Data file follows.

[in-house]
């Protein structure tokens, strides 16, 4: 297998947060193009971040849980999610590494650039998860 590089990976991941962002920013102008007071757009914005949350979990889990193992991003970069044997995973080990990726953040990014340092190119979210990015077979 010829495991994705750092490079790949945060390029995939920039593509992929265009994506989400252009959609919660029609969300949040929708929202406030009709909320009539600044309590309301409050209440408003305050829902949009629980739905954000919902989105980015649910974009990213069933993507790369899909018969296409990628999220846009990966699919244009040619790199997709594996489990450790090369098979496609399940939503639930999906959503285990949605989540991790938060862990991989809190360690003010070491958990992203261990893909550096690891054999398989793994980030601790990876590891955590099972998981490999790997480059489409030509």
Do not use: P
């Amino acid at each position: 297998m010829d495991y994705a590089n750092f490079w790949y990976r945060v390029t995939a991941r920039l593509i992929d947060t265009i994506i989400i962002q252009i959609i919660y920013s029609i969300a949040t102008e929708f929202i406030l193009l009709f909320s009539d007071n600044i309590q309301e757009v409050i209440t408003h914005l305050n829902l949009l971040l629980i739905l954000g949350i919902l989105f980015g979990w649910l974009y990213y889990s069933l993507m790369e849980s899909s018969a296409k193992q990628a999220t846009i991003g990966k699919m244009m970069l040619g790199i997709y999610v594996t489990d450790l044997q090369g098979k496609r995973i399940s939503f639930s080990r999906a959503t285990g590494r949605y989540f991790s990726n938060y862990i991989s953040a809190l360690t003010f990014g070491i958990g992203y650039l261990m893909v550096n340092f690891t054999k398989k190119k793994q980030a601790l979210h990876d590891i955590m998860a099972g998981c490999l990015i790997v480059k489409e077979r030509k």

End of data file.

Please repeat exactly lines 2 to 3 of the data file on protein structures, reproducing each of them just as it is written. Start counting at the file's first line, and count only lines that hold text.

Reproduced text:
């Protein structure tokens, strides 16, 4: 297998947060193009971040849980999610590494650039998860 590089990976991941962002920013102008007071757009914005949350979990889990193992991003970069044997995973080990990726953040990014340092190119979210990015077979 010829495991994705750092490079790949945060390029995939920039593509992929265009994506989400252009959609919660029609969300949040929708929202406030009709909320009539600044309590309301409050209440408003305050829902949009629980739905954000919902989105980015649910974009990213069933993507790369899909018969296409990628999220846009990966699919244009040619790199997709594996489990450790090369098979496609399940939503639930999906959503285990949605989540991790938060862990991989809190360690003010070491958990992203261990893909550096690891054999398989793994980030601790990876590891955590099972998981490999790997480059489409030509």
Do not use: P